Recently, Dr. Guy Roberts-Holmes, conducted research into the pilot of the Reception Baseline Assessment (RBA) which can be found here. He has kindly written this summary for us:
The Reception Baseline Assessment (RBA) is not concerned with children’s care, holistic learning and development. It is a numerical accountability measure to judge early years and primary teachers’ performance and provides decontextualized data for the DfE’s competitive schools market. It is a maths and literacy computer test for four year olds designed as a basis for measuring progression across seven years of primary school.
RBA, if implemented, establishes as routine the testing of four year old children in the first six weeks of their schooling through a computer script that minimises meaningful teacher-child relationship and care. Given the current crisis context, RBA is an unnecessary distraction away from the care and attention young children need to catch up on the many learning opportunities they have missed. In the research, teachers stated that their existing on-entry baseline assessments were already carefully aligned with the holistic and meaningful Early Years Foundation Stage (EYFS). Teachers’ baseline assessments, with their focus on children’s well-being and care, are much more appropriate than the RBA.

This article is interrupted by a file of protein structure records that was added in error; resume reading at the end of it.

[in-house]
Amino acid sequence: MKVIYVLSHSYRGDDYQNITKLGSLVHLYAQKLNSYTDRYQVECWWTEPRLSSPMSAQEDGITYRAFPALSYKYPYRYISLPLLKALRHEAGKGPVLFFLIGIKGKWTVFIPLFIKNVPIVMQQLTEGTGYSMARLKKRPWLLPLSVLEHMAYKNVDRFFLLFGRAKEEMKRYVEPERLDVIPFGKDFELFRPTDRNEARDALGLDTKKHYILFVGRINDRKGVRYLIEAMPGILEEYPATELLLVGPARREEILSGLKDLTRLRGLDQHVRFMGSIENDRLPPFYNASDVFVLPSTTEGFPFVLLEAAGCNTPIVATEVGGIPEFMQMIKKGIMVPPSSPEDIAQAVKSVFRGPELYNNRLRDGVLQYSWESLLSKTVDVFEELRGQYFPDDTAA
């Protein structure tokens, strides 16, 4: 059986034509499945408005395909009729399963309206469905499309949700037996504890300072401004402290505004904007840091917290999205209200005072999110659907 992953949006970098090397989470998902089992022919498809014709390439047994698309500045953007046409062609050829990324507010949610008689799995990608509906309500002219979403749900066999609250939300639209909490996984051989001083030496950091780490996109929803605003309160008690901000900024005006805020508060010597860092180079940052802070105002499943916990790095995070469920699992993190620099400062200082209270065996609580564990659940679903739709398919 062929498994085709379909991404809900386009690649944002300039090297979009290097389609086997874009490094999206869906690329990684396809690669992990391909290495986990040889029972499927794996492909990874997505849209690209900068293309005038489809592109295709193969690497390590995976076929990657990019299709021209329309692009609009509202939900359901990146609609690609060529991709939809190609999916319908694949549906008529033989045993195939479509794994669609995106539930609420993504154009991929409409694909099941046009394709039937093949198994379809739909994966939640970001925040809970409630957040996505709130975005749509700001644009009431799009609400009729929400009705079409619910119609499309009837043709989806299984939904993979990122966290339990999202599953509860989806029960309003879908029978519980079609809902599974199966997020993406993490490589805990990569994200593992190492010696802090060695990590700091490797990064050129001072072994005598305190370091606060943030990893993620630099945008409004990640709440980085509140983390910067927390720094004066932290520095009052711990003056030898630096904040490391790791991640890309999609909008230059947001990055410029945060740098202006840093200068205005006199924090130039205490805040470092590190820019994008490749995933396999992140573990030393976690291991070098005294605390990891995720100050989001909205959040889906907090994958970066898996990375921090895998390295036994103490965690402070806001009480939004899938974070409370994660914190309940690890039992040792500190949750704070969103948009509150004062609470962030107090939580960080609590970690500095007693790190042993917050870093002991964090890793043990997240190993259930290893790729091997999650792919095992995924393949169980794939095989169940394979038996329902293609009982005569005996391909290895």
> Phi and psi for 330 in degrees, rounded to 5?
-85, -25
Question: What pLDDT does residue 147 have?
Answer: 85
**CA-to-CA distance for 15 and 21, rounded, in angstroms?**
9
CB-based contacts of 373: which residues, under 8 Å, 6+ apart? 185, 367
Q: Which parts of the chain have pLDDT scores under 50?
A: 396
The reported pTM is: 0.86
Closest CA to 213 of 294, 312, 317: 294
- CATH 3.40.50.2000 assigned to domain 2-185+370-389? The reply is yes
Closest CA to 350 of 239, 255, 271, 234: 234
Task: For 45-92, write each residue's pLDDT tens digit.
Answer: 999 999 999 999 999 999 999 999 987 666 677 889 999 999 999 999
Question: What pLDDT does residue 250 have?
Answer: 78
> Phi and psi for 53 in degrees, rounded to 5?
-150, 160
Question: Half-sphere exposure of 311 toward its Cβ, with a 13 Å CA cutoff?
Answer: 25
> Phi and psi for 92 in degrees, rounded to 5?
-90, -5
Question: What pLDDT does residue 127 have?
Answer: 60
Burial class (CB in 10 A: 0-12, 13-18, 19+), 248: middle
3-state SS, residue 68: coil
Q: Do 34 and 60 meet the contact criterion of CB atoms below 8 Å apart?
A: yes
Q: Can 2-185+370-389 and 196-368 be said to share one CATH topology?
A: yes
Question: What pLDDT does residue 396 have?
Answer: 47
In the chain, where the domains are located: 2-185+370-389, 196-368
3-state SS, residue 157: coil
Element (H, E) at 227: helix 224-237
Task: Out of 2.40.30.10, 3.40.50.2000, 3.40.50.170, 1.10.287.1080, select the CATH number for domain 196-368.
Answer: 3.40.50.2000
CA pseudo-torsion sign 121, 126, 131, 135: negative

The research demonstrated that children were aware that they were being tested in school-based early literacy and numeracy and some experienced a sense of test failure, anxiety and stress. This was something that teachers felt could potentially lead to the unintended consequence of some four year olds labelling themselves as ‘good’ or ‘bad’ learners. Teachers were concerned that RBA inadvertently ‘labelled’ particular children such as EAL (RBA is only conducted in English), summer-born, disadvantaged and SEN children, contributing to low expectations at the beginning of their school journey. Only 20% of teachers believed that RBA provided an accurate picture of children’s current attainment.
During the first six weeks of Reception class, RBA took teachers out of their classrooms and disrupted their careful ‘settling in’ routines and crucial relationship-building with children. Establishing consistent day-today classroom routines became difficult for Reception teachers who were out of class administering the RBA. This in turn had a negative impact on teaching assistants who were left to manage the class on their own. 83% of teachers stated that their workload had increased with RBA as it took 20 to 30 minutes per child to complete.
Reception teachers felt conflicted and anxious in attempting to meet the formal school-based testing demands of RBA, and at the same time trying to settle and develop caring relationships through play, dialogue and meaningful activities with the children. This reconfiguring of Reception teachers away from their caring pedagogic values of observing and listening to young children and towards a screen-based scripted standardised test, led to professional unease, frustration and stress. RBA redefines the holistic care and well-being of young children as being attainment in prescribed, narrow, school-based academic goals.